Pass the bagels

Inspired by my recent success at making some things that I once considered impossible to replicate at home I ventured into the bagel arena.  I am a very picky bagel eater.  They must be crunchy and chewy and substantial.  None of this terrible bread that just happens to be arranged in the shape of a bagel business.  Again, the problem for me lies in the hefty price tag associated with said delicious bagel.  Ideally, I would like to stay at home with my son and continue to eat like I was single.  Am I asking too much here?  Maybe, but I am so up for the challenge.

I made bagels once before when my husband and I were first married.  They were good, but who cares if you spend $12.00 on a dozen bagels when your husband is in med school and you are a new teacher and the two of you have about 13 minutes together a day?  I didn’t  really want to spend those few minutes together over a pot boiling dough.

Now things are different for us.  We are about to start seeing each other for about 13 minutes a day again as he finishes his research time and heads back into the hospital to complete his residency.  I have the time to cook from scratch with Luke and he loves to help standing nearby on his little red step stool.  Matt and I still like to eat well, but we are on a very tight single salary budget.  What’s a girl to do but try out some new recipes and hope for the best.

So here is one of those bests from me.  Maybe I can turn this into a series: Budget-Friendly Bests!

BAGELS: (Adapted from Martha Stewart’s Baking Handbook)


  • 3/4 teaspoon active dry yeast
  • 1-2/3 cups warm water
  • 3 tablespoons sugar
  • 1 tablespoon molasses
  • 3 cups bread flour
  • 1-1/2 cups wheat pastry flour
  • 1-1/2 tablespoons table salt
  • Bagel Toppings
  • Vegetable oil (for bowl)
  • Plastic wrap
  • Parchment paper


  1. In the bowl of an electric mixer, whisk together the yeast and water. Let stand for 5 minutes.
  2. Attach bowl to mixer fitted with the dough hook and — with the mixer on low speed — add the sugar, molasses, flours, and salt.  Knead for about 1 minute (until a slightly tacky — but not sticky — dough forms).  Continue to knead dough for about 5 more minutes — then transfer to a lightly oiled bowl and cover with oiled plastic wrap.  (NOTE: I did this all in the Kitchen Aid stand mixer with the dough hook attachment and it worked GREAT.)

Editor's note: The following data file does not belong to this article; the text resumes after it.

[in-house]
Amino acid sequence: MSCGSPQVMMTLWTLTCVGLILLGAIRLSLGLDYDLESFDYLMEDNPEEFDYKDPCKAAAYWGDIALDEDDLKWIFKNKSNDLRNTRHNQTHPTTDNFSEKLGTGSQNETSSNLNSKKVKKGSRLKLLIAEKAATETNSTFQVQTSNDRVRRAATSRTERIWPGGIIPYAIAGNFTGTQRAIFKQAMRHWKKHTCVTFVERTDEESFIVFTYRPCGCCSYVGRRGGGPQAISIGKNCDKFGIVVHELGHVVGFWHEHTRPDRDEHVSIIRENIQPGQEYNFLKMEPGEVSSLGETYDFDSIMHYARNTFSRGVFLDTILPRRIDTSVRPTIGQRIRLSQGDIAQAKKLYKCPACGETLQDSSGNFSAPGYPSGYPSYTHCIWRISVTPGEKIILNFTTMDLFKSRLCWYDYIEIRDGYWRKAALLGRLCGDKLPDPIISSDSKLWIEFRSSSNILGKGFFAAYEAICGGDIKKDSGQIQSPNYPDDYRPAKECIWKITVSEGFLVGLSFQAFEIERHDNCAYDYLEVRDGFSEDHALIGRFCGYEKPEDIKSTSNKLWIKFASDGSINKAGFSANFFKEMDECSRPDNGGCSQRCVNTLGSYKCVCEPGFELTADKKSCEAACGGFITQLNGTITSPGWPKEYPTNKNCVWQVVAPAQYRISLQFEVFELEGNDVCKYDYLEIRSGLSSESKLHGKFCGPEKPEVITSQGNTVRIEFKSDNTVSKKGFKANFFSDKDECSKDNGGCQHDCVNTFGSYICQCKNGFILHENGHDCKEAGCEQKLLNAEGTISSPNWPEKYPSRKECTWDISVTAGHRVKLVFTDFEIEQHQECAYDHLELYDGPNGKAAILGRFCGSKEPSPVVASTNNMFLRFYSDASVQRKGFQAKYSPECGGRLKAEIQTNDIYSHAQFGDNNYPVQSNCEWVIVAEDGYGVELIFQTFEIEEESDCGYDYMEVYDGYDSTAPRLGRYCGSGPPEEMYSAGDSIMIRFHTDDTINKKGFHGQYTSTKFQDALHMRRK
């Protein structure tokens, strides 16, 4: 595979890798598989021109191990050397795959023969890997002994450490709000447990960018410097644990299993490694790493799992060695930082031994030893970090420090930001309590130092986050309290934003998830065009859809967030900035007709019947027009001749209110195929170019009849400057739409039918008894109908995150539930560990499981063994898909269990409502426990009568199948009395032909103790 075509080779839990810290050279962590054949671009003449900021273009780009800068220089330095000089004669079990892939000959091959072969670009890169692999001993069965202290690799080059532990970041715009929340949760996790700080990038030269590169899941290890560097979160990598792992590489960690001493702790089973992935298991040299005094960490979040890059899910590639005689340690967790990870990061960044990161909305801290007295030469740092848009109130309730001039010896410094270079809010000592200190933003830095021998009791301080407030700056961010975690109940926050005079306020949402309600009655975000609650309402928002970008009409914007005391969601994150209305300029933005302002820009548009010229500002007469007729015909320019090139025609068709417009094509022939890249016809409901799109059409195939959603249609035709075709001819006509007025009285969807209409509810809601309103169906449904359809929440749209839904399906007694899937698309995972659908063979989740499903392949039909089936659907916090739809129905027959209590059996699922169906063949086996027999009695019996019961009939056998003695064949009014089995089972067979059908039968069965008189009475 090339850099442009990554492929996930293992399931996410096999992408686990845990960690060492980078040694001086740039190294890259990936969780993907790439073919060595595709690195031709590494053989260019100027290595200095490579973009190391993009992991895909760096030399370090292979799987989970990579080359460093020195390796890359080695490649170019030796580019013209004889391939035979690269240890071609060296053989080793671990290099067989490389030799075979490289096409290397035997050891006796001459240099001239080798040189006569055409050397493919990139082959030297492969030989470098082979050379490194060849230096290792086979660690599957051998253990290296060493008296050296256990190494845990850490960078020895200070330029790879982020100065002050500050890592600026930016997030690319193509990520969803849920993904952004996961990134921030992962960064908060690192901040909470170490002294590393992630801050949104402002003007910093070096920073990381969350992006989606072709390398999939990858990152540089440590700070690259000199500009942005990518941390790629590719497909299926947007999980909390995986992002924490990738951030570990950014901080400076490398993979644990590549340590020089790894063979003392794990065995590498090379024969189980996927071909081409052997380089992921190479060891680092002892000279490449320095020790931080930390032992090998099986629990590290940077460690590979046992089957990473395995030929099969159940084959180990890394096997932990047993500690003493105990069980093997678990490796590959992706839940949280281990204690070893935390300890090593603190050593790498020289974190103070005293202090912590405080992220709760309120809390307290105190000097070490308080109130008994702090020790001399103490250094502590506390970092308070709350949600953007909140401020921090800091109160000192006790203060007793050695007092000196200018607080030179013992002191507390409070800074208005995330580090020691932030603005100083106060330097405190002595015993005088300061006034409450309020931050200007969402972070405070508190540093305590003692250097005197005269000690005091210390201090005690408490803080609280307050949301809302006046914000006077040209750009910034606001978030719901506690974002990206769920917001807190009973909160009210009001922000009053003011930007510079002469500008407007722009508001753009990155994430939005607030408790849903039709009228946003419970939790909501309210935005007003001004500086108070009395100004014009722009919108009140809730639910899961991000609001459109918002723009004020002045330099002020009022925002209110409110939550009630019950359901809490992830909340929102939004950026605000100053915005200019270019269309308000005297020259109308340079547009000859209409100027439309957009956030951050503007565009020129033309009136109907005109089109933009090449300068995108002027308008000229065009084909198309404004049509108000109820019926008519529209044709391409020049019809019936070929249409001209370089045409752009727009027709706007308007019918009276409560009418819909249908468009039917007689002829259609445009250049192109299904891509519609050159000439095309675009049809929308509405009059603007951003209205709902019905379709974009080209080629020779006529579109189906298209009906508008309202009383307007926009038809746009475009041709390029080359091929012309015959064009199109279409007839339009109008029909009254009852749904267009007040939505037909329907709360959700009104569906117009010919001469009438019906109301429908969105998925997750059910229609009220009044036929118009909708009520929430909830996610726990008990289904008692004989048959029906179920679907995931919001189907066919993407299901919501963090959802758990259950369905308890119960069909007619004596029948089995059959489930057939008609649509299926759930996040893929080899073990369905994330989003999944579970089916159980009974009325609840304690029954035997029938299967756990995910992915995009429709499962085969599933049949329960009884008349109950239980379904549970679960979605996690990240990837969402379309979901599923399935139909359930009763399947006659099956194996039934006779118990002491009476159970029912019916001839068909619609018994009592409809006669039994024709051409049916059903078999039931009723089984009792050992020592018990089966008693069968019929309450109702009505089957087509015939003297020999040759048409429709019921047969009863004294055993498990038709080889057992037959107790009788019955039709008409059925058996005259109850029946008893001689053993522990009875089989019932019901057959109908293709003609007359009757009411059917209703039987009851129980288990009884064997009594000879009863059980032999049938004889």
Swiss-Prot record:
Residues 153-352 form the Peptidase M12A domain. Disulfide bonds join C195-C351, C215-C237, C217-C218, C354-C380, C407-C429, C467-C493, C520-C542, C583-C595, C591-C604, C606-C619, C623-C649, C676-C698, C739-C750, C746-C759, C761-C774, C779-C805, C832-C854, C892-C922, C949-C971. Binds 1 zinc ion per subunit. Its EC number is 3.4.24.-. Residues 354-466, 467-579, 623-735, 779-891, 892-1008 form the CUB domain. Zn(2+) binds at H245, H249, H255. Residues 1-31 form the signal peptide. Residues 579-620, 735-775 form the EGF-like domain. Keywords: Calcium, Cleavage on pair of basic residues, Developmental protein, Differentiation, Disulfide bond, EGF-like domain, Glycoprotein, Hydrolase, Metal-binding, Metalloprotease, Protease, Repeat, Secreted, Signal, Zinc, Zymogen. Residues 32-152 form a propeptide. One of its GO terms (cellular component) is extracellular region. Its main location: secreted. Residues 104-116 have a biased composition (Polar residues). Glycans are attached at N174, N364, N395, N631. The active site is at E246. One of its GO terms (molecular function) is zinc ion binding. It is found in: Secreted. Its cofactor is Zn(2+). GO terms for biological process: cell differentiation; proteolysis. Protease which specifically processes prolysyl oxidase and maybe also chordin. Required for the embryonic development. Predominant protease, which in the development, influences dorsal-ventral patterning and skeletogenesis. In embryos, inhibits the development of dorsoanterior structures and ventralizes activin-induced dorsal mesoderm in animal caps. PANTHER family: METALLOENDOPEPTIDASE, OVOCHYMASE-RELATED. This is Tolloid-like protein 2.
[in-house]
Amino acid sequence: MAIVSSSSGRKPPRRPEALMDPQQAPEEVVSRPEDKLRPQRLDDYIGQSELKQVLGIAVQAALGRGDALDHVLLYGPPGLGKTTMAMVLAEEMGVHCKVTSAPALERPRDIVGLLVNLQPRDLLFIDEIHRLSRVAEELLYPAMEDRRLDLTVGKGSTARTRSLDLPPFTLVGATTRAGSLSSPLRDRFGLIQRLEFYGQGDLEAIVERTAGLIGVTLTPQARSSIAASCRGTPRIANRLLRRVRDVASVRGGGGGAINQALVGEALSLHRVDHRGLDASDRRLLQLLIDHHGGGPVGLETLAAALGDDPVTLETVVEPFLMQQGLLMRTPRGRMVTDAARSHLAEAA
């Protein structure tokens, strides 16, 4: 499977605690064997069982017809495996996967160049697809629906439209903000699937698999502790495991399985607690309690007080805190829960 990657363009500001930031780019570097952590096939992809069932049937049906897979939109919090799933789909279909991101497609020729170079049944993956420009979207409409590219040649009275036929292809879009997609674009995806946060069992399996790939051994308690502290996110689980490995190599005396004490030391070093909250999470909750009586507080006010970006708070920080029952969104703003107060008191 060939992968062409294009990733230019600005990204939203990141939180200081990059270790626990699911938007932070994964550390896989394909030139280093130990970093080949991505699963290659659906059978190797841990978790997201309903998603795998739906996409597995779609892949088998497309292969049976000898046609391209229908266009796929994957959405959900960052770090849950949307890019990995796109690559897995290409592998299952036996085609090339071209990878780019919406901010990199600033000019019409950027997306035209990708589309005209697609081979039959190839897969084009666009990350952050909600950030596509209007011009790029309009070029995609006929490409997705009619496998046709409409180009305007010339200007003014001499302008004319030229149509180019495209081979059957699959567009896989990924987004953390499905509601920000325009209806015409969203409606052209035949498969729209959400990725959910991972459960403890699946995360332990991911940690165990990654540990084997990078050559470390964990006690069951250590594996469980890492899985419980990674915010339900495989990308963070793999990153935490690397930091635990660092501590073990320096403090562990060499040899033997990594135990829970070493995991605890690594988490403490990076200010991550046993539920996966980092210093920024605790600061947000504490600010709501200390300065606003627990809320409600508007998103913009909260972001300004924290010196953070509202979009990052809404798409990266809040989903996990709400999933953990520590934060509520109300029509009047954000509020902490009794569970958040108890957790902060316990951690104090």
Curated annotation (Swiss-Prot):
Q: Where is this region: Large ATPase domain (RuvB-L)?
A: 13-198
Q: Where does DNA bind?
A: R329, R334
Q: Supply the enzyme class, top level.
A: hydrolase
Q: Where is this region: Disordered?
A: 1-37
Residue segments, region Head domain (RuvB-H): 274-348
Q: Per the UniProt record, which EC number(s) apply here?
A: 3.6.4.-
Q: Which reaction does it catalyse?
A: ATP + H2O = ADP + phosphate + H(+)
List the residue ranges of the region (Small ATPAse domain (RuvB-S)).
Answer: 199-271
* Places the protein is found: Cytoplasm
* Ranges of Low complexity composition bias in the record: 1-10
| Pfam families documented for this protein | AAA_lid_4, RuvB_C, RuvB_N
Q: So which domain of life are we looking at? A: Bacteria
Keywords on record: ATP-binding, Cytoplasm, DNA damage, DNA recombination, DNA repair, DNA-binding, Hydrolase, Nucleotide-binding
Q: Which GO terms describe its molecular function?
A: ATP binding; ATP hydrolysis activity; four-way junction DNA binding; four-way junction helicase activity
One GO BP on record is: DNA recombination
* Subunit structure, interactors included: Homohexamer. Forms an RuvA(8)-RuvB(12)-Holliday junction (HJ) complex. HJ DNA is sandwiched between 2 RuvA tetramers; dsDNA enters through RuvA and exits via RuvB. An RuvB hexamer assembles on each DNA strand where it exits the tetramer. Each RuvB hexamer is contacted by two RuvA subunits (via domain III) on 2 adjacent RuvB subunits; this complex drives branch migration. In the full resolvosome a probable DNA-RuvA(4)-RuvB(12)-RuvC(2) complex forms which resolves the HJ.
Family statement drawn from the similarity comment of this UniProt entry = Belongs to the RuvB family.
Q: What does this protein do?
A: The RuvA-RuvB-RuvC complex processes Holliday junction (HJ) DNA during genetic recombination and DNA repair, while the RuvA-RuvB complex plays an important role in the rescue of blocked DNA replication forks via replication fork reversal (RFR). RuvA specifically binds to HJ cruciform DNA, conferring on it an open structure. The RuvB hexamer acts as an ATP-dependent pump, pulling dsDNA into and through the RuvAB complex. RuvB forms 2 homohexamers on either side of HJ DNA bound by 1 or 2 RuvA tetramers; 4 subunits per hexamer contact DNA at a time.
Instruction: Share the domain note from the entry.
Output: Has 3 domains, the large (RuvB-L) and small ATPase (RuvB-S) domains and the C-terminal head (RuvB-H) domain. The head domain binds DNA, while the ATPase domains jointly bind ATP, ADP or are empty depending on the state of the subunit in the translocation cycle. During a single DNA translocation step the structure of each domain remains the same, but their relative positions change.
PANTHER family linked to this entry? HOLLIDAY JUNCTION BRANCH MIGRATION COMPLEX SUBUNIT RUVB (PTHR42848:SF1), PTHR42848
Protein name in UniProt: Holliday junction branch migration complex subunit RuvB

3. Let rise in a warm place for 2 hours (until doubled in bulk).  We keeo our home cool… like, really cool.  So the only way I can get dough to rise is to set the oven to warm, turn it off and stash my dough in there.  I have tried a million things, and if you can’t get your dough to rise try this trick.
  4. Divide dough into 12 equal pieces. Cover with a damp kitchen towel and rest for about 20 minutes.
  5. Line two baking sheets with parchment paper and set aside.
  6. With lightly oiled hands, roll each piece of dough into a 6-inch rope. Form a circle around your hand and then roll the two ends together to seal.
  7. Place the bagels 2 inches apart on the prepared baking sheets. Cover with a piece of oiled plastic wrap (I used the same one from earlier in the process), and let rest until puffed (about 20 minutes).
  8. Preheat the oven to 500 degrees F with racks in the upper and lower thirds.  Or if your oven is maxing out at 500 F too, then put the lower rack in the middle of the oven because the bottoms of the bagels will burn too close to the bottom element.
  9. Fill a large stockpot with water and bring to a boil..
  10. Gently drop bagels into the water about 2 at a time.  After 30 seconds, use a slotted spoon to gently flip the bagels over — simmer for yet another 30 seconds.
  11. Then, using the slotted spoon again, return the bagels to the parchment-lined sheets. Top them with the seeds or salt — you must do this when the bagels are still wet so everything sticks to them. Cinnamon and turbinado sugar is really good too.
  12. When you’ve finished this process with all the bagels, immediately place sheets in the oven. Bake for 5 minutes and then rotate the sheets and reduce the temperature to 350 degrees F. Bake until golden brown, probably about 10 minutes.
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